Friday, April 3, 2009

John Stewart, Sovereign Default, Sovereignty and the Treaty of Westphalia

John Stewart noted on The Daily Show that countries that default on loans are treated differently than regular people (got a link Anthony?).

A (loan) default by a country is known as a “sovereign default”. (If you don’t know it, type “define sovereign” into Google.)

This goes back to the point in history when the sovereign and the government were basically the same thing. Now that most countries don’t have sovereigns, we personify the government as the sovereign.

This is actually really convenient for unscrupulous politicians and bureaucrats because it allows them to avoid personal responsibility by saying the government did it, not themselves.

Sovereignty is a complex idea that came out of the Middle Ages. (You only need to briefly skim the linked article.)

Sovereignty was codified in the Treaty of Westphalia that ended the Thirty Years War. That codification is important enough to be known as Westphalian sovereignty. There are 3 basic principles:

  • Within countries, only members of those countries can make decisions about the country.
  • Countries are equal.
  • Countries shouldn’t interfere in the internal affairs of other countries.

In some sense, the story of the last century has been the continued application of the principals of Westphalian sovereignty to countries that should be excluded from that privilege on moral grounds:

  • Communist countries didn’t violate the letter of the first principle because they claimed that only the party members were the real members of the country, and the previous stakeholders were all imposters.
  • The UN is such a basket case because it isn’t clear that countries are equal. Nuff said. It’s also a problem when you create new countries: you can’t just make them equal by saying they’re equal. There’s also an issue with imperialism here: the Europeans were clearly not treating other countries as equal when they went out and added them to their colonial empires.
  • This is why the allies didn’t do much to save the Jews in Nazi Germany. It’s also why some people didn’t like Bush invading Iraq.

It was difficult to envision these problems in advance though. Potential political leaders prior to 1900 were heavily steeped in a sense of entitlement (that they could make decisions), basic decency (so others in the same position were treated well), and integrity (to respect the decisions of others’ countries). For all the faults of leadership by the elite, consistency with these principals wasn’t one of them.

This issue of Westphalian sovereignty is of specific importance in macroeconomics right now because it means that when an international agency loans money to a country:

  • Once the money enters that country, only the members of that country can decide whether to repay it or not.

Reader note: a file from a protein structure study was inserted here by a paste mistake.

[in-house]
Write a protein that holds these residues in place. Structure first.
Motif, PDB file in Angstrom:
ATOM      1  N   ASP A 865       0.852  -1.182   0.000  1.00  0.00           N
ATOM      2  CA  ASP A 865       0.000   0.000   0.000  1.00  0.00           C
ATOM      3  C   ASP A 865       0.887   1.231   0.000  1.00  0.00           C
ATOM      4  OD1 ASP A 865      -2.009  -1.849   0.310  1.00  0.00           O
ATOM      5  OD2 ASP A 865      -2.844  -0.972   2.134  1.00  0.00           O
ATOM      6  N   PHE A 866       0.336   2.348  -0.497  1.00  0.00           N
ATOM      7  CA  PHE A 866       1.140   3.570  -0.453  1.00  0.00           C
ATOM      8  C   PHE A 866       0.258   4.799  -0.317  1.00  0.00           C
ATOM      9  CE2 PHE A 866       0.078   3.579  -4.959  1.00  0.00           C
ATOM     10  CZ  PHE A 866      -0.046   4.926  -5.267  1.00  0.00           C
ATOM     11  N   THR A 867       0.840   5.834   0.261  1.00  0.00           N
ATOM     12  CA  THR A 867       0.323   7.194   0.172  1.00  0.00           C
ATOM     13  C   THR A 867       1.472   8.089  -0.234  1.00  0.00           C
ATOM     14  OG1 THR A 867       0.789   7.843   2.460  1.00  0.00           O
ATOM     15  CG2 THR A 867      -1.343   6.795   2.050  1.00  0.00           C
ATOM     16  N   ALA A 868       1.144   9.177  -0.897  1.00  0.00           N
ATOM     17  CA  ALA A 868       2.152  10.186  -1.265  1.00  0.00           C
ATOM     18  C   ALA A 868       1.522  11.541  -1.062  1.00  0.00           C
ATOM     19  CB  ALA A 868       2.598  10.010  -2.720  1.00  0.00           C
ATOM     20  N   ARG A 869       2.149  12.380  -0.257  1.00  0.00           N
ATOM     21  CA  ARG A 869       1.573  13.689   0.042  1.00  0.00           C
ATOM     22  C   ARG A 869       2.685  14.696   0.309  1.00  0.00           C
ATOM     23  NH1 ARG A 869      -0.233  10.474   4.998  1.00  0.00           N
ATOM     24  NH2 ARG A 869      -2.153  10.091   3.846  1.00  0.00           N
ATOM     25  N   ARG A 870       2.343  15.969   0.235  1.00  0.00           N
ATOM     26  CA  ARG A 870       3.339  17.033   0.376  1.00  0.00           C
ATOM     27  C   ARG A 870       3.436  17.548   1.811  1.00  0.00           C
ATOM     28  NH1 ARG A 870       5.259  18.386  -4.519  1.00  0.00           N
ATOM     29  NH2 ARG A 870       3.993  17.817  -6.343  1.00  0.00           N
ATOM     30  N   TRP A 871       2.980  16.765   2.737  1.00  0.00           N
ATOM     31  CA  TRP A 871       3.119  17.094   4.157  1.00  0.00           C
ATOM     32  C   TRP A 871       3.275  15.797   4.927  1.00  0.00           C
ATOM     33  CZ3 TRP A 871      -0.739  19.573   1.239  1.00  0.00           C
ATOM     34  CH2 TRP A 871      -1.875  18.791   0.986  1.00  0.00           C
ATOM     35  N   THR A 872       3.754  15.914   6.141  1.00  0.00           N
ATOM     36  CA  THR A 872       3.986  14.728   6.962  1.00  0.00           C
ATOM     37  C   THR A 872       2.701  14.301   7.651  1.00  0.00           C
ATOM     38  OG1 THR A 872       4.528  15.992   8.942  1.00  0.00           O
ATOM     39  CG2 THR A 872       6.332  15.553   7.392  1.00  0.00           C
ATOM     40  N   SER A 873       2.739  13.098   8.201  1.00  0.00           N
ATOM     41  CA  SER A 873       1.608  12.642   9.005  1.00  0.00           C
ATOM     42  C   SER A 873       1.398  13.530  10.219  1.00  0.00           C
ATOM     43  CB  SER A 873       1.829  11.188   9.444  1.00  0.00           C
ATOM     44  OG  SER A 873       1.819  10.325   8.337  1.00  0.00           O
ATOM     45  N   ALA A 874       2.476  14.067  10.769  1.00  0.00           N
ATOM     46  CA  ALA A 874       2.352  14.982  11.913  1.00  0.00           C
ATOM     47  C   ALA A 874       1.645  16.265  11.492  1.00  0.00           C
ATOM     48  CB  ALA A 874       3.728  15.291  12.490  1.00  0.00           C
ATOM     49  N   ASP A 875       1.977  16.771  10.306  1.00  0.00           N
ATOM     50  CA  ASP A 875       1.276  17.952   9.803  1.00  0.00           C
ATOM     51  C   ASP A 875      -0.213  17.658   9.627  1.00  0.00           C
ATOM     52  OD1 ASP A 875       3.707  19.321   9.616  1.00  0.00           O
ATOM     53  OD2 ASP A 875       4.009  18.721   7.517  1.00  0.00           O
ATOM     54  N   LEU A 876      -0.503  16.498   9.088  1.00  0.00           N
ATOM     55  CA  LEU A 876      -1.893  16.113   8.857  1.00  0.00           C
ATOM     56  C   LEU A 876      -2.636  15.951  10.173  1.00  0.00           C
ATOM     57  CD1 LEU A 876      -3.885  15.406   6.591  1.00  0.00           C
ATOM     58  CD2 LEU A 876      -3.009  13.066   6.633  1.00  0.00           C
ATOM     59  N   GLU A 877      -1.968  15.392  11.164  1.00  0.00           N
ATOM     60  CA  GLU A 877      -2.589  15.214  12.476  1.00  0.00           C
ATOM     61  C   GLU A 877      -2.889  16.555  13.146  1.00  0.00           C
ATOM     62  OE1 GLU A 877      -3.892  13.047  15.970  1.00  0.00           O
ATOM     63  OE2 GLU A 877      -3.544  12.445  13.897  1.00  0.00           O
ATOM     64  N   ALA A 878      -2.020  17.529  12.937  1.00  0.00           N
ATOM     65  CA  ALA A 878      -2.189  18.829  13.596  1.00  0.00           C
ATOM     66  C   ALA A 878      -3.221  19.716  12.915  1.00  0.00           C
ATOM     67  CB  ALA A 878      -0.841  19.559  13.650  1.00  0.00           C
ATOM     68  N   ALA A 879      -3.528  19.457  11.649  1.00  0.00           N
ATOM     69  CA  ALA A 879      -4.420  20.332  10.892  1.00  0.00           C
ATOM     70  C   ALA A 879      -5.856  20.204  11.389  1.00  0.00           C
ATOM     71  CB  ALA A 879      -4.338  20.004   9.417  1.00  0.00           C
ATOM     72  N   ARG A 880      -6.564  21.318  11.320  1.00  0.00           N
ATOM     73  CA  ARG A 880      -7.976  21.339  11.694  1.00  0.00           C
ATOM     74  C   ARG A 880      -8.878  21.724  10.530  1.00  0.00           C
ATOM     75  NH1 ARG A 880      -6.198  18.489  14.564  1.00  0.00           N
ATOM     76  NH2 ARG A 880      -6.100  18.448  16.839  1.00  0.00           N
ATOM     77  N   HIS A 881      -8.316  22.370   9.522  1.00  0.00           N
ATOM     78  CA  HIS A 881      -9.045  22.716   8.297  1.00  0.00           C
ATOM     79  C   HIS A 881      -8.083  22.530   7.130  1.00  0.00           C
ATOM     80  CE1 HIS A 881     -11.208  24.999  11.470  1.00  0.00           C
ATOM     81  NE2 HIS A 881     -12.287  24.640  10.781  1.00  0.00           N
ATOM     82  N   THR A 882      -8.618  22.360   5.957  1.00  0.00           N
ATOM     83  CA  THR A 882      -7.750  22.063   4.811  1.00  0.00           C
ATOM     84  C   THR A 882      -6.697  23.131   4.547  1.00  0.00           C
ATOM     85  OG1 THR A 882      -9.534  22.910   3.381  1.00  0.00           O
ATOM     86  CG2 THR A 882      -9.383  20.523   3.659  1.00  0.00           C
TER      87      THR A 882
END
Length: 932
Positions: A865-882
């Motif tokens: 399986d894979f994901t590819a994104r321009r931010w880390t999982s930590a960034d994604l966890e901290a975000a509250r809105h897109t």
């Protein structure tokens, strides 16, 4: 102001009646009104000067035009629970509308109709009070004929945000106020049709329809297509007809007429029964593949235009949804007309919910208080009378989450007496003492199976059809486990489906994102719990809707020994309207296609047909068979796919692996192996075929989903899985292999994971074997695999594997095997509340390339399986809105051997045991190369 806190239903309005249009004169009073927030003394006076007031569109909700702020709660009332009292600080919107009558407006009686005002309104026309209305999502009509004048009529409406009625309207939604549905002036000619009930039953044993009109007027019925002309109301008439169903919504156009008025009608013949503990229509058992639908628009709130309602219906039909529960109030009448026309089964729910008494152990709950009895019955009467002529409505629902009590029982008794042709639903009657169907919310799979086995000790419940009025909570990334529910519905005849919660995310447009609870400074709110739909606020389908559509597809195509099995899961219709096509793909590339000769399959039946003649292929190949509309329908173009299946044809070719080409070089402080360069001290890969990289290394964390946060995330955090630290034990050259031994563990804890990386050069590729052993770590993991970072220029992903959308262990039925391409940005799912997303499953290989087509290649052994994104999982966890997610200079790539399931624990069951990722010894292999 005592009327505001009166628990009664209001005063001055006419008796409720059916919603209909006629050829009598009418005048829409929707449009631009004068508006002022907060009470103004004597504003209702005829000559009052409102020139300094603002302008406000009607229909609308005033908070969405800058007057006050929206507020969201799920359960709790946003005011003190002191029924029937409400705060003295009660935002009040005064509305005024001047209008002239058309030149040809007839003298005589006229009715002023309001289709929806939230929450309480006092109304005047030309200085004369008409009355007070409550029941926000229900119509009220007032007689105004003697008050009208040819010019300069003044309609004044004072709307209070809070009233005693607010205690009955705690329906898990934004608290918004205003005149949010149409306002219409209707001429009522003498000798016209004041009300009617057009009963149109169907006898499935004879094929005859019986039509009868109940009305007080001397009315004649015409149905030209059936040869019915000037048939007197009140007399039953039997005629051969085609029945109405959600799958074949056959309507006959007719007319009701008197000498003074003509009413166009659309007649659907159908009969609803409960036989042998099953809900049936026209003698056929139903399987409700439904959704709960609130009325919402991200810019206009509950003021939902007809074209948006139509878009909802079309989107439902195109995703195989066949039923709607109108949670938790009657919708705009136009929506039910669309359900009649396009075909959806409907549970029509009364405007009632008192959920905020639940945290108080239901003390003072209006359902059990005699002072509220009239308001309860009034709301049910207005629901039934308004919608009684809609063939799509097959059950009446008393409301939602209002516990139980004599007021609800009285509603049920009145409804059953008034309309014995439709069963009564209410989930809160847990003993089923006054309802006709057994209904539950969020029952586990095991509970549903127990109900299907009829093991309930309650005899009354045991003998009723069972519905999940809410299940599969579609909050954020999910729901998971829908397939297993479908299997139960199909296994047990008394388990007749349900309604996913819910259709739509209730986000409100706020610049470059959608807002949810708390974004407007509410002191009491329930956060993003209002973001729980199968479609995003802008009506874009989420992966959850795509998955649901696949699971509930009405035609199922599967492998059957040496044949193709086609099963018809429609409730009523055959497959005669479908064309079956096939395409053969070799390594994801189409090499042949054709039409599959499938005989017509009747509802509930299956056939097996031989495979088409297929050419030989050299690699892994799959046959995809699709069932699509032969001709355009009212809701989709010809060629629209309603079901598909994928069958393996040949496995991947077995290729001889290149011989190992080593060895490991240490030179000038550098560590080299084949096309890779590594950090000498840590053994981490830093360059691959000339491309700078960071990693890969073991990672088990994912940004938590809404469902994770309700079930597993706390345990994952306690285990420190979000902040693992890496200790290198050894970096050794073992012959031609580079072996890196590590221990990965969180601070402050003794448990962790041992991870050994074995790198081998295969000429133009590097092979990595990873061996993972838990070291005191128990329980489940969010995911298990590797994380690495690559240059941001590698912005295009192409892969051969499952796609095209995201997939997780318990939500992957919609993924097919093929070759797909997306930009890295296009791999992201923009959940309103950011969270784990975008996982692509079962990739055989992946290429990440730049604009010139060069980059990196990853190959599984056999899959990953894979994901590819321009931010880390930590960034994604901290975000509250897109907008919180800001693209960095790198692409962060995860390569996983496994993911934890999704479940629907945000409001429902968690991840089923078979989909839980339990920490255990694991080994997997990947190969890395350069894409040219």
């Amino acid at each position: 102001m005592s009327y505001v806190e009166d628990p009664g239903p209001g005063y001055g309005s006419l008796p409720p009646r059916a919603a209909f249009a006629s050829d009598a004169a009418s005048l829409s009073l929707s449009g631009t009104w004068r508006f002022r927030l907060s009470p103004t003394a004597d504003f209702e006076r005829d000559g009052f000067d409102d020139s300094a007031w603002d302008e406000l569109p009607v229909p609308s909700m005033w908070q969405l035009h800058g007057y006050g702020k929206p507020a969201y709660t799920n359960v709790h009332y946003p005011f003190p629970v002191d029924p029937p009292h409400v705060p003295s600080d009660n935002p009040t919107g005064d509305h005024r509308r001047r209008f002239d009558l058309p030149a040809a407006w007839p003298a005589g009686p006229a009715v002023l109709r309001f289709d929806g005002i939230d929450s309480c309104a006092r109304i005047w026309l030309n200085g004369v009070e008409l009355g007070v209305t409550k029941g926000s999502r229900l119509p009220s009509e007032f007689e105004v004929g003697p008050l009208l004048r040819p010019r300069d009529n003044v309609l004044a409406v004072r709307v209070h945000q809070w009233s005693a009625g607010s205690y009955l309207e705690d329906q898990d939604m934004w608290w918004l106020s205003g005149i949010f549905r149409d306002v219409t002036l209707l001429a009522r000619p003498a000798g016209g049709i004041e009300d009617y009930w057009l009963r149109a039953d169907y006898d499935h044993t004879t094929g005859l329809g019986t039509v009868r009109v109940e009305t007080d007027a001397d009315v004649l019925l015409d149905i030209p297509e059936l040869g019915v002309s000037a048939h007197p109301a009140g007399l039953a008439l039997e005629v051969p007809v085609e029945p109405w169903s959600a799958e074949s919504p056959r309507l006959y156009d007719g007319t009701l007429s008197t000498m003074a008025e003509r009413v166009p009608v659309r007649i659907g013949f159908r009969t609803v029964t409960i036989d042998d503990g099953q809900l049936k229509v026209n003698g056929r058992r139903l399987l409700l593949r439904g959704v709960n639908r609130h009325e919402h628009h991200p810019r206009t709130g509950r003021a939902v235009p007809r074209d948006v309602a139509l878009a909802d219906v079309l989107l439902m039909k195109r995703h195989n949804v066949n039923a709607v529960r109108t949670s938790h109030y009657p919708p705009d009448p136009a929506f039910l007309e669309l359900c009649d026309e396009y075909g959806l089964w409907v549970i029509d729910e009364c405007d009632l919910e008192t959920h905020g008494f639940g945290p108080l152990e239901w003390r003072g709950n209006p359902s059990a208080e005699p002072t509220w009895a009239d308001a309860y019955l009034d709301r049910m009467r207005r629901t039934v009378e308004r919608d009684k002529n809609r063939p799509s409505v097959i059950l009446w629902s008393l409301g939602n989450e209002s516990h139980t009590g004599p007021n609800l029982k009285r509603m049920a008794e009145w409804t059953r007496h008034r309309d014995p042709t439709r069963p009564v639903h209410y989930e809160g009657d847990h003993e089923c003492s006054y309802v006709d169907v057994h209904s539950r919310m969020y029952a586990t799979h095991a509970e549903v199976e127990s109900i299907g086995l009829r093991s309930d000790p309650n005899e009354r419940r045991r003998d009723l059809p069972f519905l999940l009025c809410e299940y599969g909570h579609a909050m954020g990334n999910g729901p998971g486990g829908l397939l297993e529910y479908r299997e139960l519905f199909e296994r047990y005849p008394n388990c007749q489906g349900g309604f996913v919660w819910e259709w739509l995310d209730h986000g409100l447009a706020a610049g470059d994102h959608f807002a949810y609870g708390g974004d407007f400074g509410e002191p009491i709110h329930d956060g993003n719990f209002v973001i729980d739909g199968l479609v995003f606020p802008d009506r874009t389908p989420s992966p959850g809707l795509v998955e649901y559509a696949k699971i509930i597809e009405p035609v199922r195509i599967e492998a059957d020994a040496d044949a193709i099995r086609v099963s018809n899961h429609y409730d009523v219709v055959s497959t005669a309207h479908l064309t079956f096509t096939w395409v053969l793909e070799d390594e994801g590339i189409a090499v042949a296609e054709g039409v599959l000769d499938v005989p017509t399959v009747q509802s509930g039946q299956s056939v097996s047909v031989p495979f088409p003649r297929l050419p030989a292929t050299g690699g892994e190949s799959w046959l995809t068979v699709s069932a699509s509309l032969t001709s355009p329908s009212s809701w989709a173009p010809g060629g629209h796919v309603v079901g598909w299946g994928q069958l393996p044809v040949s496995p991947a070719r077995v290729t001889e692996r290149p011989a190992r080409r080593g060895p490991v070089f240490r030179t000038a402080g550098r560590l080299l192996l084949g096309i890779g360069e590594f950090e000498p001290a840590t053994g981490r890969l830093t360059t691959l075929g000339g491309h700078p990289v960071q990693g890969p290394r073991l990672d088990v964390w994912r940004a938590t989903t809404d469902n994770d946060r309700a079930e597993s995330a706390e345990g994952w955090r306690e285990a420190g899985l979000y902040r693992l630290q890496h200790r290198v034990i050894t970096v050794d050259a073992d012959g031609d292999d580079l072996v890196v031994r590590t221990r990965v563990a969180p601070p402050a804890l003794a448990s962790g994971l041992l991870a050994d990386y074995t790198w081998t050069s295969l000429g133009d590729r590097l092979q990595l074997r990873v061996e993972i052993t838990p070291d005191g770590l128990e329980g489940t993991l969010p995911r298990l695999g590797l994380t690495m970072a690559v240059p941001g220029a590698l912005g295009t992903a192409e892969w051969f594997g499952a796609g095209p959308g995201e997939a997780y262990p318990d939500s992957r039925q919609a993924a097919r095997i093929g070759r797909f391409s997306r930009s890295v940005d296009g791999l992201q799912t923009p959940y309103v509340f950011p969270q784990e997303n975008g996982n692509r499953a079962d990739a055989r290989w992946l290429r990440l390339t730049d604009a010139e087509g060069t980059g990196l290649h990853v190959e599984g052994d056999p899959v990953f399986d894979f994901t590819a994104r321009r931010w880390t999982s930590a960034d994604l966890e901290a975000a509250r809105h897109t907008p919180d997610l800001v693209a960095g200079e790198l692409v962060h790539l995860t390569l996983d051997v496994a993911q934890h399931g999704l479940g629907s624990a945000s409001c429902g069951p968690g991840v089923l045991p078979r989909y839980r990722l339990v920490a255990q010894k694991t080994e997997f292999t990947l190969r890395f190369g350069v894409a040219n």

• The position of a borrowing country is legally equal to that of a lending country, so a sovereign default often devolves into a diplomatic version of “he said, she said”. Loans through the IMF or World Bank are perhaps worse, because it isn’t clear that they have any legal standing against countries. They certainly can’t enforce any standing that they do have.
  • You just can’t invade another country because they borrowed from your citizens and didn’t repay them.

These are all OK as long as leaders are trained to play by these rules. But they’re not any more: now they play by a different set of rules and then use these as cover.

So, the difference between a person defaulting and a country defaulting boils down to the country being treated differently on the middle count (where bankruptcy court does make lenders and borrowers unequal) and the last count (where there is some limited ability to use force or the threat thereof against individuals).

An economic take on this is that we created big moral hazard problems when we responded inappropriately to violations of the underlying foundation that makes Westphalian sovereignty workable. When confronted by countries that morally violated those foundations – like the Soviet Union for the first one, Belgium in the Congo for the second, and Nazi Germany for the third – we didn’t address the problems with Westphalian sovereignty, or throw the whole idea out the window. Instead, we 1) grafted kind--hearted ideas (e.g., the U.N, the IMF, or the World Bank) on to the system of Westphalian sovereignty without clarifying their position in the framework, and 2) hugely diluted the club of nations that were supposed to abide by Westphalian sovereignty with new members uneducated in its successes who had been recently exposed to violations that were weakly punished. We shouldn’t be surprised that there have been problems.

Our response to that has been to complain a lot and to stop teaching high school students about all this because it isn’t amenable to multiple choice exams.

John Stewart is a bright guy, with smart writers, who probably know most of this. But … it’s a comedy show … and most of the viewers can get the joke while puzzling over the irony.

ADDENDUM: I did mention, but forgot to put in the first draft of this post, that developed countries used to violate the sovereignty of less-developed countries quite routinely. This probably discouraged defaults! There isn’t an easy to way to convey how frequently this was done, but one thing that you can do is go to the Wikipedia page entitled “List of United States Military History Events” and search for the word “interests” as a polite way of saying it was all about money. You’ll only find one example after 1932.

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